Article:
Tens of thousands demonstrated against the rising cost of living, with many linking the crisis to the West’s Russia policies
A trade union-organized protest numbering 70,000 to 80,000 demonstrators packed the streets of Brussels on Monday, bringing the city to a standstill. In addition to expressing anger at the rising cost of living in Belgium, many condemned the US-led NATO alliance and its involvement in the Ukrainian conflict.
Trade unions said that 80,000 people attended the protest, while police said that the turnout was closer to 70,000, Reuters reported. In addition to packing the streets, the protest led to mass cancellations of flights at Brussels Airport, as unions representing security personnel went on strike. Public transit routes around the city were also operating at drastically reduced capacity.
Inflation hit 9% in Belgium in June, a four-decade high. With spending power declining, protesters demanded salary hikes and tax cuts.
Biden’s sanctions against Russia this time prompted Brussels to take to the streets. The cost of living is so high that people can not afford it pic.twitter.com/RJOreap3zt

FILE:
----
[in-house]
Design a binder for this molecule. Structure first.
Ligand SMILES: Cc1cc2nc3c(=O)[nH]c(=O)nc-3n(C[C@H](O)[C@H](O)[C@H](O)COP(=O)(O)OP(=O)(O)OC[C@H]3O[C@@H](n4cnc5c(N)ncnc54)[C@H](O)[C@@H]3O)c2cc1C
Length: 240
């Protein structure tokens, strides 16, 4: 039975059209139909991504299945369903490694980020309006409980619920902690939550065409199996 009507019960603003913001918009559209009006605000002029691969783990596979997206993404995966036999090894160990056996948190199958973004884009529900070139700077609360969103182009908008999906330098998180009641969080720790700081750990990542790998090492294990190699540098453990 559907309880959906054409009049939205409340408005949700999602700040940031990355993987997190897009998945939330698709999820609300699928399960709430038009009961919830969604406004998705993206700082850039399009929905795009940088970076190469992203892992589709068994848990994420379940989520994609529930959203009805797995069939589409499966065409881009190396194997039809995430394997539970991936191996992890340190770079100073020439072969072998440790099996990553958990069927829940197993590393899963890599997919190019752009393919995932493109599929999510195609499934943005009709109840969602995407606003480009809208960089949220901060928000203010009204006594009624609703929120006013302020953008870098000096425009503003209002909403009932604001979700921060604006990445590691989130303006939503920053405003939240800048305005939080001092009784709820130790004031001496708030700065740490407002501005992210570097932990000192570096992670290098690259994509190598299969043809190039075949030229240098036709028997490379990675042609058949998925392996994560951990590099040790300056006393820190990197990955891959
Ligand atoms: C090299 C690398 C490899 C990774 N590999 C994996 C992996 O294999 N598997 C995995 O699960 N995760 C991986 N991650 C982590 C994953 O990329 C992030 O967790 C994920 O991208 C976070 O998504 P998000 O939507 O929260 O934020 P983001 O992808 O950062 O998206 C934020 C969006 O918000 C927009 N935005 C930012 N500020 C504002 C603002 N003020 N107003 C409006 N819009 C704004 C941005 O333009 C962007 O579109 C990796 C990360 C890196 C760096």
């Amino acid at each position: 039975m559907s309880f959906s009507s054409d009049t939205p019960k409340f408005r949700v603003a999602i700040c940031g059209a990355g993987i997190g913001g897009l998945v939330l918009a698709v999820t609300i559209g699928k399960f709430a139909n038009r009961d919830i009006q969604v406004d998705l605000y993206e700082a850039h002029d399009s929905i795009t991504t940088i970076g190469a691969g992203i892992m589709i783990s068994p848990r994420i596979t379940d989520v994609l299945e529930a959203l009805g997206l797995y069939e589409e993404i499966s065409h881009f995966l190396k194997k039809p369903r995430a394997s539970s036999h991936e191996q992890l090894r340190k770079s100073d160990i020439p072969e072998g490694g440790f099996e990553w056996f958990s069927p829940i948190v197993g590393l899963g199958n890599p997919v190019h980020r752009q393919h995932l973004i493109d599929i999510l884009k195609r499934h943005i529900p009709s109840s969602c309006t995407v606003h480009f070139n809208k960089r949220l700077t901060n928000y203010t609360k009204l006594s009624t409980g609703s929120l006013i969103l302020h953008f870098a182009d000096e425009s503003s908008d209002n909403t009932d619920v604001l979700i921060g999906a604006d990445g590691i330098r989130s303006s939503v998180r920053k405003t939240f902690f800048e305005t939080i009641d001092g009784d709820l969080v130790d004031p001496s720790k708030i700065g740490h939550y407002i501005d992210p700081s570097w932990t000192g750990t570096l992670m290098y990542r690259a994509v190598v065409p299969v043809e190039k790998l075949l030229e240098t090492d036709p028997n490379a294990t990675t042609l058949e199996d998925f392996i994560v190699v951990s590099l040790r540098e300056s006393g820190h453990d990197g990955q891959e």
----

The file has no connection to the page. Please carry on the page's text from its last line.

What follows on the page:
— Protest News (@ProtestNews_EN) June 20, 2022
However, many linked their dire economic straits to the EU’s sanctions regime on Russia and with the NATO alliance’s rush to arm Ukraine.
Protesters demanded that their leaders “spend money on salaries, not on weapons,” and chanted “stop NATO.”
Protesters came out in #Brussels demanding “to spend money on salaries, not on weapons.”
— K Boz (@KBoz3) June 20, 2022
While similar protests against rising costs have taken place across Europe as of late – thousands of trade unionists marched in London on Saturday – few have linked the soaring prices with the actions of NATO and its members.
Just three months ago, some protesters in Brussels waved Ukrainian flags and demanded that the EU cut itself off from “Putin’s Oil.” Weeks before that, there was a demonstration outside European Parliament buildings calling for “sanctions for Russia.”
Brussels is home to headquarters of both the EU and NATO. It was also the city from where US President Joe Biden chose to announce a round of sanctions on Moscow in March, before immediately telling a reporter that “sanctions never deter” those targeted by them.
Despite predicting in April that these measures would “wipe out the last 15 years of Russia’s economic gains,” Russia’s energy earnings have hit record levels since February, and the Russian ruble is currently at a seven-year high against the euro.
Russian President Vladimir Putin has accused European countries of committing economic “suicide” via sanctions, and predicted last week that the EU’s “direct losses” from this sanctions policy “could exceed $400 billion in a year.”